It feels reasonable to start this off with a disclaimer: I was never the biggest Ultimate Fighter fan. It’s not what got me into the sport of mixed martial arts, nor am I particularly fond of reality TV, given how little any of it resembles actual reality.
But through the years, various seasons have left an impression. GSP vs. Koscheck comes to mind. TUF Nations, if only because, as a Canadian fight fan, cheering on Team Canada against the Aussies felt like my patriotic duty. TUF 17, better known as the season Uriah Hall crushed absolutely everyone until running into Kelvin Gastelum in the finale, stands out in terms of fights. Season ten brought along the heavyweights, with Roy Nelson, Kimbo Slice, and Matt Mitrone. In terms of relevance, TUF 20 (which introduced the women’s strawweight division) and TUF 26 (which ushered in the female flyweights) were some of my favorites. Because they mattered.
But even by that point, The Ultimate Fighter format had grown stale. When the most recent season, until now, of the show aired in 2018 — that would be installment 28, not counting the international editions — it was well past its best before date. To be frank, Dana White’s
Tuesday Night Contender Series had already come along and made it irrelevant. After all, why sit through a season’s worth of childish antics, one fight per episode, to see someone win a UFC contract when Dana White was handing out two or three a night on the Contender Series?
It’s been two plus years since The Ultimate Fighter went away. Tuesday night, it returned, with TUF 29 rather unimaginatively titled The Return of The Ultimate Fighter. Coaching the season are featherweight champ Alexander Volkanovski and challenger Brian Ortega, which isn’t exactly the Masvidal or Covington level of name fans were hoping for.
In the build-up to the show’s reemergence, the UFC and broadcast partner ESPN took the low road: controversy and confrontation. Everything, quite frankly, that had become stale about the show.
Bad blood and mind games between coaches has been a TUF staple 👀
— ESPN MMA (@espnmma) May 29, 2021
Luckily for those of us watching from home, the first episode of TUF 29, dubbed “New Beginnings,” left any such bad behavior on the cutting room floor. It was all business, and just an hour long — no two hour debut despite the show’s hiatus, another plus. Still, after two years to tweak the format, it seems as if the powers behind the show just couldn’t be bothered. New digs in the UFC Apex look great on camera, but it was the same old selection process, same old coin toss. The usual training snippets and clips from home from the fighters. TUF 29, through it’s first episode, didn’t look any different than TUF 16 to 28 in that regard — but it at least offered a decent fight, and a couple of memorable moments.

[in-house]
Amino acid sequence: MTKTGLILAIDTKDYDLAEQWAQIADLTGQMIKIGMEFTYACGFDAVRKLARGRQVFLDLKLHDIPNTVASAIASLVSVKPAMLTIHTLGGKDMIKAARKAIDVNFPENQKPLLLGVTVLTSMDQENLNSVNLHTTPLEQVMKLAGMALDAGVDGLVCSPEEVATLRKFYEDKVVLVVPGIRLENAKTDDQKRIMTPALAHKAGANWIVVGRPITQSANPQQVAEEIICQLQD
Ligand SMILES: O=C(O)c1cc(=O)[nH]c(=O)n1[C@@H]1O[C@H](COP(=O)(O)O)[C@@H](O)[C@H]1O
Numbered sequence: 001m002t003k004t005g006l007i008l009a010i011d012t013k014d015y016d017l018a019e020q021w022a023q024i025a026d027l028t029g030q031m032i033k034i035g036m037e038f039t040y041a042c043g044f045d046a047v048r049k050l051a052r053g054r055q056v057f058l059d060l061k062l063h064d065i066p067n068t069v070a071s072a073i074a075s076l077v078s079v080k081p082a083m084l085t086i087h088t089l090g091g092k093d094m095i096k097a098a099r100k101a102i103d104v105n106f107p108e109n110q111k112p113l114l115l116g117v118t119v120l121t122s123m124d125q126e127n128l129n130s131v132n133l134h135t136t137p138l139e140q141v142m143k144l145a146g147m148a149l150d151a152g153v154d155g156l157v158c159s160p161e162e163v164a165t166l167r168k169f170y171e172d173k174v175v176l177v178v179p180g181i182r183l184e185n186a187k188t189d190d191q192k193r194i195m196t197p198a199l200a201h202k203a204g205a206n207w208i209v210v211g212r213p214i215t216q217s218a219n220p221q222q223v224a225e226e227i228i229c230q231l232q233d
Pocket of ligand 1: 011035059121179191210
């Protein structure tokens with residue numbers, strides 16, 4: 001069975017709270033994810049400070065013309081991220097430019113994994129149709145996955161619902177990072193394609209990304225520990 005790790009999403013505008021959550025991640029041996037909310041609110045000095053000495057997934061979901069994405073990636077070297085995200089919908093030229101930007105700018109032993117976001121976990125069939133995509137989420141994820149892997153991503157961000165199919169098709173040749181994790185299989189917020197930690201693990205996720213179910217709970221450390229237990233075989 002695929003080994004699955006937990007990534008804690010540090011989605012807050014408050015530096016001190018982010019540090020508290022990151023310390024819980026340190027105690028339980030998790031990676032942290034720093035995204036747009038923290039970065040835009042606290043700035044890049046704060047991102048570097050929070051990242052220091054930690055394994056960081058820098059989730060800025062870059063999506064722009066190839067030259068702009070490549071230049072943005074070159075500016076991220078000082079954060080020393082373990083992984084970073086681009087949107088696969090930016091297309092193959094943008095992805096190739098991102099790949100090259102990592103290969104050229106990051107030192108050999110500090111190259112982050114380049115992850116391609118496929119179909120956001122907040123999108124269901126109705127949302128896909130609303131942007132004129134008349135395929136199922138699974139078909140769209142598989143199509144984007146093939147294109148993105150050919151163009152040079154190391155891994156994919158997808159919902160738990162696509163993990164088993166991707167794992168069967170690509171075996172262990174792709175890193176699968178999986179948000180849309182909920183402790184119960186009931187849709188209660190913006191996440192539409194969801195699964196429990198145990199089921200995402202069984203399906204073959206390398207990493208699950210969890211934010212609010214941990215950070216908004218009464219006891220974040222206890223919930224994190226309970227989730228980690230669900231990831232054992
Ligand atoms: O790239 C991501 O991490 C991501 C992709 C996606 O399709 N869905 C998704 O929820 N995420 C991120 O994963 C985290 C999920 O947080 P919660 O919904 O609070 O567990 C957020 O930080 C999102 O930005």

For starters, there was Kemran Lachinov being selected last. The 10-3 “middleweight” (at least on the show — of late, he’d been competing for Bellator MMA as a welterweight) was all ready to step towards Team Ortega when Dana White told him to slow his roll. He also reminded Lachinov that TUF 17 winner Kelvin Gastelum was selected last.
Very true. The selection process also saw Alexander Volkanovski pick the first fighter, meaning Brian Ortega was awarded the opportunity to choose the first fight, at both middleweight and bantamweight.
At least at middleweight, things went T-City’s way. Andre Petroski was the better man against Alaska’s Aaron Phillips, who fared rather poorly in our own preview of the new season. Petroski showed why in the opening episode, landing a high kick, a single leg takedown, and moving to mount to sink in a guillotine and force the tap. All within a round.
The fight delivered, but the more worrisome news is seeing The Ultimate Fighter repeating the same stale format yet again. The season preview promises plenty of “drama” and shenanigans, which is enough to make one check the calendar for the debut date of this season’s Contender Series.
If nothing else, hopefully we get a few more entertaining fights out of the deal, and maybe a real contender or two.
For those keeping track of such things, this season’s teams are below:
Mitch Raposo (5-0, 135lbs)
Ryder Newman (3-1, 185lbs)
Dustin Lampros (5-0, 135lbs)
Gilbert Urbina (6-1, 185lbs)
Ricky Turcios (10-2, 135lbs)
Aaron Phillips (5-2, 185lbs)
Brady Hiestand (5-1, 135lbs)
Bryan Battle (5-1, 185lbs)
Dan Argueta (5-0, 135lbs)
Andre Petroski (5-1, 185lbs)
Liudvik Sholinian (9-1-1, 135lbs)
Tresean Gore (3-0, 185lbs)
Josh Rettinghouse (16-5, 135lbs)
Miles Hunsinger (7-0, 185lbs)
Vincent Murdock (12-4, 135lbs)
Kemran Lachinov (10-3, 185lbs)